I know , practicing these strategies with our kids is not sitcom-worthy. Adding a laugh track to making a pb&j in advance or practicing good decision-making is not going to make it any more fun. But, practicing these strategies may help prevent a drama — and I think all parents will agree that preventing drama where we can is totally worth the effort!


Beating the Vacation Blues

Since my last post was about the importance of scheduling a vacation, it seems appropriate that today I post about returning to “real life” after vacation.  Believe me when I say I really did not want to return to work after a week at the beach.  REALLY. DID. NOT.  However, I did return to work this fine Monday and had an absolutely lovely day…because I decided to have an absolutely lovely day and took steps to make it so. Reflecting on how I went from pouting like a toddler driving away from the beach on Saturday to being a smiling, productive grown up today, I have some ideas to share that might help you when returning to your “real life” after a vacation, a weekend, or any other time away.

First, find the next thing to look forward to.  If you’re like me, you spent a lot of time planning and anticipating your time away.  You enjoyed it so much and you try to hold onto that, but you also have a little empty spot because it’s over.  Bummer.  So what’s next?  Hey, I have a brunch and a dinner date coming up next week.  And the next family getaway is only like 5 months away. That takes a little bit of the sting of vacation being over away.

Next, get organized.  In my experience, getting organized requires my brain to take over, which helps me get over the vacation blues, Sunday blues, or whatever other blues I may have.  Getting organized allows you to take action and therefore take control of an emotional situation.  Whether it’s sadness that the vacation is over or feeling overwhelmed at jumping back into your daily life (that pile of laundry waiting on you, the 100+ work emails in your inbox…) just take action.  So where to start?

My suggestion is to start with what must be done first.  For example, if you have no clean underwear and almost no food in the house, throw in a load of laundry and make your grocery list.  (Side note, laundry is my favorite chore because it does its thing in the background while I am actively working on something else.  So at the end of the day I can feel super productive!)

After completing what must be done, I suggest doing what is bugging you.  Do the thing that you’re going to keep thinking about even though it’s not the most important thing, because otherwise you keep thinking about it and you’re wasting precious mental energy.  For me yesterday, it was paying bills and getting our financial “stuff” in order.  By the end of the day yesterday (first day after vacation) I was feeling pretty accomplished, but still a little sad.  Maybe you’d consider this an optional tip or maybe a mandatory one, but I decided to indulge in a little “self care” to get over my vacation blues by continuing my vacation so to speak.  I grabbed a drink and sat out on the deck reading for an hour…just like I’d done for the past week at the beach.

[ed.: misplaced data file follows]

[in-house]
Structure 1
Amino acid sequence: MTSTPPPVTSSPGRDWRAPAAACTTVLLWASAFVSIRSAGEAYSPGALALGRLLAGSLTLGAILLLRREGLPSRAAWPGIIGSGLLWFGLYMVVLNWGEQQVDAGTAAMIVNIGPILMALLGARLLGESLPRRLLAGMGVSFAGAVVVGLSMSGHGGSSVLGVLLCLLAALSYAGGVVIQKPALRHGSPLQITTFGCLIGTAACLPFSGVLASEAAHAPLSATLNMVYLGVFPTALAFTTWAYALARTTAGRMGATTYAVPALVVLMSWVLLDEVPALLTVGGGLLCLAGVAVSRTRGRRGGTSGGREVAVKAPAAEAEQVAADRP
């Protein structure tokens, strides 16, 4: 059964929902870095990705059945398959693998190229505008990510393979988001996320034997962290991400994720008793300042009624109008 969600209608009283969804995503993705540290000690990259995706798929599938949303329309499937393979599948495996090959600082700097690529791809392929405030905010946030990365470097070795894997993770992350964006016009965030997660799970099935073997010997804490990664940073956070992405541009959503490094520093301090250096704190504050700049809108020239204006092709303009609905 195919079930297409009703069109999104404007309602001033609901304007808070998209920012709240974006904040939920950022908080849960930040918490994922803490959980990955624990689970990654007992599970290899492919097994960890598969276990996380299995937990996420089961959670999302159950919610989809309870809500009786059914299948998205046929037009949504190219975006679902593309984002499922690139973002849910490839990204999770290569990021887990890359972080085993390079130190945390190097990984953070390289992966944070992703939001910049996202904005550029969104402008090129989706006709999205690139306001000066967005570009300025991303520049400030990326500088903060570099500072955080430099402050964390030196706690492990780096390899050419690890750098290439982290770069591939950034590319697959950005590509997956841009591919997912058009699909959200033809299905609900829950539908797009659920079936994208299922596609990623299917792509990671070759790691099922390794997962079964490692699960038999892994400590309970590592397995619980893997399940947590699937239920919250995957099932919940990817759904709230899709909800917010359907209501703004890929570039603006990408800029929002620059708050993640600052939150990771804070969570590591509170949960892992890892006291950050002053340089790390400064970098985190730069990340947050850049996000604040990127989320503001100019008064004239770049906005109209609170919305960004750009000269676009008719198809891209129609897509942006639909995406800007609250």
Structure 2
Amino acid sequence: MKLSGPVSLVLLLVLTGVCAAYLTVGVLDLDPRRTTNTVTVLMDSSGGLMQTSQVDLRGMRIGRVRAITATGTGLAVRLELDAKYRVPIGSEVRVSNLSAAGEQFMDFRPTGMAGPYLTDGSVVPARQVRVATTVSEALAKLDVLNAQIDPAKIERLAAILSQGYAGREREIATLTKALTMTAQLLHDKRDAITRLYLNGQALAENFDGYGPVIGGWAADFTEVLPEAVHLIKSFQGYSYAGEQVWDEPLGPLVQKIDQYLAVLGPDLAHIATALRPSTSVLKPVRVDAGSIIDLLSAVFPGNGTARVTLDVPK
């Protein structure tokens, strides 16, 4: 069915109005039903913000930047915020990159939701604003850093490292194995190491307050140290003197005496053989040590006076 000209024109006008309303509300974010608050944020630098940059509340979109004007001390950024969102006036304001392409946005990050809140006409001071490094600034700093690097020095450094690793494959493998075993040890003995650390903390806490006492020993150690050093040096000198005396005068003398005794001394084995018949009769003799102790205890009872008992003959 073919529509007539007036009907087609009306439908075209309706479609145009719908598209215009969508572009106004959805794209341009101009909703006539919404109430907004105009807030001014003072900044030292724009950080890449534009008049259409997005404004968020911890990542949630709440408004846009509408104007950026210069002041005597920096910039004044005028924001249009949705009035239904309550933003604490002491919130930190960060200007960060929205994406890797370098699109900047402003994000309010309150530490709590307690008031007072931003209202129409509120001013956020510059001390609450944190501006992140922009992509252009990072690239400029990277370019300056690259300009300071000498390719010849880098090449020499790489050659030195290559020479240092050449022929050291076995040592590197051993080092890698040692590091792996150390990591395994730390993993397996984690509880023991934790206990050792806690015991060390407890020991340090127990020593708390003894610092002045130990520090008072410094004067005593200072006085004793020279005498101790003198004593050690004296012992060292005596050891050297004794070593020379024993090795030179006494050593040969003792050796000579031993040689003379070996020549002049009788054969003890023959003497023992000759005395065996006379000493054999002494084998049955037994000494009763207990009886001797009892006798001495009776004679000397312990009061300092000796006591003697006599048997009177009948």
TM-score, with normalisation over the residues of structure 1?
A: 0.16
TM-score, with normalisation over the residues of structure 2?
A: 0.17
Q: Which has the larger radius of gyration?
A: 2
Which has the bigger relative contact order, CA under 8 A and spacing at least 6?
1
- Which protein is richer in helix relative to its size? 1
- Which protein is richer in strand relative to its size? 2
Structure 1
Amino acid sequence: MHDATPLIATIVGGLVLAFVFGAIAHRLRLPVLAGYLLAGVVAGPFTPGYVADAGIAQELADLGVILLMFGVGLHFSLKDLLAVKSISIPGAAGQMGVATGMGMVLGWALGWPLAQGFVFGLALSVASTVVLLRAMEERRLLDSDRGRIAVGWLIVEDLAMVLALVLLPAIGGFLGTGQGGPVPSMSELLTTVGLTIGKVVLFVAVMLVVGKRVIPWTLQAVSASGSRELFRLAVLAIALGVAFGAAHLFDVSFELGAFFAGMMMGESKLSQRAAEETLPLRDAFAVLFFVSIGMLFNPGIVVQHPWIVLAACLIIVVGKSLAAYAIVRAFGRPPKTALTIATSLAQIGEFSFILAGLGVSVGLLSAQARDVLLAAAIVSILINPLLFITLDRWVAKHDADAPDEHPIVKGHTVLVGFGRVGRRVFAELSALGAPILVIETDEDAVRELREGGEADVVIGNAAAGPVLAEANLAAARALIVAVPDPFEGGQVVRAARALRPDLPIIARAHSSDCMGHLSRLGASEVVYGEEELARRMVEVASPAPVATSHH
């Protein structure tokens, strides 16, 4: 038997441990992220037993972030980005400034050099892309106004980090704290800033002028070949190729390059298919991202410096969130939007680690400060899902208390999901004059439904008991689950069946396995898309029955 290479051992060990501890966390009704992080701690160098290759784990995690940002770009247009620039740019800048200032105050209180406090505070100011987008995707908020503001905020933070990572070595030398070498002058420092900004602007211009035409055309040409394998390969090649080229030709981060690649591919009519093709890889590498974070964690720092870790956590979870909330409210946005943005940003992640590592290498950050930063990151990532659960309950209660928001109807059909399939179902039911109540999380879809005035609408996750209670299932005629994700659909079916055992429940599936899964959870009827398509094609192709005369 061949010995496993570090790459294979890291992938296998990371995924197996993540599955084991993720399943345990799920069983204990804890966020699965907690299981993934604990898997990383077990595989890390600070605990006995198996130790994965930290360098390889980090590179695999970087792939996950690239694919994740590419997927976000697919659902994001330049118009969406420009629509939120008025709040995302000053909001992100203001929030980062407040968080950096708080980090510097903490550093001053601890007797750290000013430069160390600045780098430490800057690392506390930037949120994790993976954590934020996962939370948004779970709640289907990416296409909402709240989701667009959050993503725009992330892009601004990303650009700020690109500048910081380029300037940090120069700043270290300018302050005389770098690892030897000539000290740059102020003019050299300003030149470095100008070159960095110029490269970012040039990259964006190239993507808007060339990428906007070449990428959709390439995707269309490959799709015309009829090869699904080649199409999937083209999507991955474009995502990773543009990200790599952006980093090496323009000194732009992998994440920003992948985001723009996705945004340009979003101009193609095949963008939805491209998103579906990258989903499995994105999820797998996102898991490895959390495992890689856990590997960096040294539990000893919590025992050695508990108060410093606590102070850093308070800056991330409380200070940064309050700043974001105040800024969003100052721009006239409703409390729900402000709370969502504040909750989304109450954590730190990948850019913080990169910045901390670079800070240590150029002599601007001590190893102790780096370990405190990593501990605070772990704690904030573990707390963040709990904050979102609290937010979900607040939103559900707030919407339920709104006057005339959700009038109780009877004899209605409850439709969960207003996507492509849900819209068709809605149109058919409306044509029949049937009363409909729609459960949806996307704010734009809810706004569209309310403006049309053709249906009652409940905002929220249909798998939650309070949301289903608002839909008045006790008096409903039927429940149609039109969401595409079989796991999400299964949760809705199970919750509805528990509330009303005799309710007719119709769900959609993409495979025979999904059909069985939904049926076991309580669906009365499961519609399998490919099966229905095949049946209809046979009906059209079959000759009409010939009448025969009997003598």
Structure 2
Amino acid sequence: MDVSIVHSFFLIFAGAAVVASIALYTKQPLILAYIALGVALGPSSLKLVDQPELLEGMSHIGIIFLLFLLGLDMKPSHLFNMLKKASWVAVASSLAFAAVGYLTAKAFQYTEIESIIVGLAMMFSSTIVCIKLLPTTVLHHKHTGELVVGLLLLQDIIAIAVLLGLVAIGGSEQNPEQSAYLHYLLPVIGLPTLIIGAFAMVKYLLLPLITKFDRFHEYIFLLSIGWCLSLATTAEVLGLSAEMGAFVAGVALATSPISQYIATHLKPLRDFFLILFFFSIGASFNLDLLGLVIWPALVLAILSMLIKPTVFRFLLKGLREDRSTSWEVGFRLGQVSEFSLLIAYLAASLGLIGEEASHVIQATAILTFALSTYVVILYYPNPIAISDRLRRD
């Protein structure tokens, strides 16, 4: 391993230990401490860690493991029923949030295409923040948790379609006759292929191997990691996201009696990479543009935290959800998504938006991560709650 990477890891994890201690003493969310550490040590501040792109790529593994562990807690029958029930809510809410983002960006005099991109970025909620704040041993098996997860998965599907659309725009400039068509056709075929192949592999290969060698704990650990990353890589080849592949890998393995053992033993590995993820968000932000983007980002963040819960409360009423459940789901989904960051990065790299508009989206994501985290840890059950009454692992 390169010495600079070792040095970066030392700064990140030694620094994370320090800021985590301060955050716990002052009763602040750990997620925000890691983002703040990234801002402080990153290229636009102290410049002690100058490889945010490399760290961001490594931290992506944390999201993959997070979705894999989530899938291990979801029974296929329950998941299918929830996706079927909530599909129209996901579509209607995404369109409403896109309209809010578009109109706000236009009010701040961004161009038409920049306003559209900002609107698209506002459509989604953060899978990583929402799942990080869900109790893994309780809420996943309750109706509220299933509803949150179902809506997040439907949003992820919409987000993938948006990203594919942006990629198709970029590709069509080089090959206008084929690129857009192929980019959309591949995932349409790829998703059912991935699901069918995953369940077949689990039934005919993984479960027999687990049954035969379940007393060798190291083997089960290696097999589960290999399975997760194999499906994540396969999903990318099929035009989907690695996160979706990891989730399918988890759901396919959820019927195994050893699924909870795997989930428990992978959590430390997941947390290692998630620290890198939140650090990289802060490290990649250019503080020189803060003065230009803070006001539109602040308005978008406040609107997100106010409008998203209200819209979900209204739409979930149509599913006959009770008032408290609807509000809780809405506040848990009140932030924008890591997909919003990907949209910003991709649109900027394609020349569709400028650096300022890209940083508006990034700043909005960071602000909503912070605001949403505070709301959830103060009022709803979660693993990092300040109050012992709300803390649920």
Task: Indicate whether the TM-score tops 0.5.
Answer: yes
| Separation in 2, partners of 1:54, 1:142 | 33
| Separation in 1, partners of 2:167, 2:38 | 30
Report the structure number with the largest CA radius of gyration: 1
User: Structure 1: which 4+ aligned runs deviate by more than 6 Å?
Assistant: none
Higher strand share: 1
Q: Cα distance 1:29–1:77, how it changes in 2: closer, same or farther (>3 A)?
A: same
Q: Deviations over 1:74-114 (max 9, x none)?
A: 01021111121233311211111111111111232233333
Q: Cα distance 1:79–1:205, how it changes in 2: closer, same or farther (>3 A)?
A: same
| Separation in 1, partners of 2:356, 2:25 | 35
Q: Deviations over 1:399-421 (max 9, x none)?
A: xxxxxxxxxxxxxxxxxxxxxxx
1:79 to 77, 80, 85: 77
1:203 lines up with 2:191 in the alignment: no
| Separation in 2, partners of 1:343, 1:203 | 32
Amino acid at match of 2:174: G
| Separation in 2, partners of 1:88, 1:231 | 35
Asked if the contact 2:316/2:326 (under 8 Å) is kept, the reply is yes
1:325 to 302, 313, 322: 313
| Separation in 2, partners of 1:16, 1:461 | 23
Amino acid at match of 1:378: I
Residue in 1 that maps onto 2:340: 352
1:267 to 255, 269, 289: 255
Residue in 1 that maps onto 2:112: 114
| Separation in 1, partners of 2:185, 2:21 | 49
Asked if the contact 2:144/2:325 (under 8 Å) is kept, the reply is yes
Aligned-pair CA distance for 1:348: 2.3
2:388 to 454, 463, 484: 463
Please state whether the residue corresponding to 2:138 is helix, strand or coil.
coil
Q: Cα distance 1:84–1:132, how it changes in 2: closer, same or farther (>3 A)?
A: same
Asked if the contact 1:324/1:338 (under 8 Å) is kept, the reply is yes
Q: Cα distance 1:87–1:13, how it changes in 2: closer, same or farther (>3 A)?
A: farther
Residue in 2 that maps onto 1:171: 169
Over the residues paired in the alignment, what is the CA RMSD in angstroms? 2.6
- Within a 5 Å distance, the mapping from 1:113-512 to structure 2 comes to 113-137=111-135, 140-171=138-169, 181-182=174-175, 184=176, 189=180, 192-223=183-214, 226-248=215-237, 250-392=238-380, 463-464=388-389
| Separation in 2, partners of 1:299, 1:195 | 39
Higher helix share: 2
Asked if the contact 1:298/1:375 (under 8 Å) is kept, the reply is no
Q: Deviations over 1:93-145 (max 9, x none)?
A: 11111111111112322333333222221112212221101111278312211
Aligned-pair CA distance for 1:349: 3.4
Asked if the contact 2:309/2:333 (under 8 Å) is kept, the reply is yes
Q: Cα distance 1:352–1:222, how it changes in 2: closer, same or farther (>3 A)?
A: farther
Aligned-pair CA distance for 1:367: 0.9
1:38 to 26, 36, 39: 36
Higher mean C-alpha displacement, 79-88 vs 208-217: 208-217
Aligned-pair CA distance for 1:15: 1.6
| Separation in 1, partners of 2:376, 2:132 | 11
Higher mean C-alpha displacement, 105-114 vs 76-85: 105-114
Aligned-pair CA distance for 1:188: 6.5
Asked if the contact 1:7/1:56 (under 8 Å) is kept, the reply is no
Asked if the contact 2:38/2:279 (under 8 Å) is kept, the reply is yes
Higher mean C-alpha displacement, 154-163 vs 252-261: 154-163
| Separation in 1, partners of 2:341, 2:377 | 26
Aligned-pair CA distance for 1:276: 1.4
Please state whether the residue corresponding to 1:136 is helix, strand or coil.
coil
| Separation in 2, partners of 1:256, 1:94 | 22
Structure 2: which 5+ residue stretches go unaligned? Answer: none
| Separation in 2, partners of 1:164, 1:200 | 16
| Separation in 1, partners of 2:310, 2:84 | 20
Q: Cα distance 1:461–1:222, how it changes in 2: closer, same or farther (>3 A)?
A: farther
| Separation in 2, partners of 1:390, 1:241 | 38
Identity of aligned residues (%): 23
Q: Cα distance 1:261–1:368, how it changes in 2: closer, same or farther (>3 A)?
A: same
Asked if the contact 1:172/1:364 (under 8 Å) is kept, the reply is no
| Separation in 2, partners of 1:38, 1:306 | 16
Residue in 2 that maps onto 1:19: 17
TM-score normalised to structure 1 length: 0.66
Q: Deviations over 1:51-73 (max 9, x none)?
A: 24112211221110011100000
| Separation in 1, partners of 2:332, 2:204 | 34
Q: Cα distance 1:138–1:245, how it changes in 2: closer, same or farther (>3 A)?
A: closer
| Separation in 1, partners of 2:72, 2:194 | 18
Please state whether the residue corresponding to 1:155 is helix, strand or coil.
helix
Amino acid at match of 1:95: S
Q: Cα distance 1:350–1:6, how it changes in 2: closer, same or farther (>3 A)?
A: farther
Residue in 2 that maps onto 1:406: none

Monday morning arrived, and here’s possibly my number one tip: I opened my eyes, smiled, and took a couple minutes to be grateful.  I was grateful for another day, grateful that I have a job with flexibility, grateful that I have clean clothes and food in the pantry, grateful for my health and my family.  Next tip…be kind to yourself, treat yourself, and ease back into work.  For me that meant a quick workout and then picking up a yummy caramel coffee drink after dropping my son off at an early morning practice.  You can make the decision to roll back into work happy or crabby, but either way you’re going back to work, so you might as well be happy!  I smiled and said “have a good day” to everyone I encountered this morning. It made me feel good and hopefully it even brightened up someone else’s day as well.  (Maybe your treat is not food/drink related, and it could be as simple as playing your favorite playlist while driving to work and belting out the lyrics. Just do something that makes you happy to start your day.)

Now, facing work for the first day back is not so sad or overwhelming because you’re in a happy mental space.  You can face whatever the day has in store for you.  You don’t have to get all caught up in the first ten minutes.  You can apply the same strategy to work as described earlier.  Do what must be done (maybe an urgent matter for your boss), then do what is bugging you and wasting your mental energy (sorting emails to find which ones really need action and which ones you were copied on but were already taken care of while you were out.)  Decide the top 2-3 tasks you need to complete by the end of the day that will make you feel accomplished.  Keep a to do list that you can add to as more tasks pop into your mind. (Again, reserve your mental energy by writing them down and not playing them on a constant loop in your brain.)  Anything you can cross off your to do list in addition to the 2-3 tasks you want to complete by the end of the day is bonus!

I hope one or more of these suggestions will help you when returning to “real life” after some time away as well.  If you have other tips that help you beat the vacation blues, I’d love to hear them.  Otherwise, there’s still some daylight left here; I’m grabbing a drink and my book and heading out to the deck…keep this “vacation” going!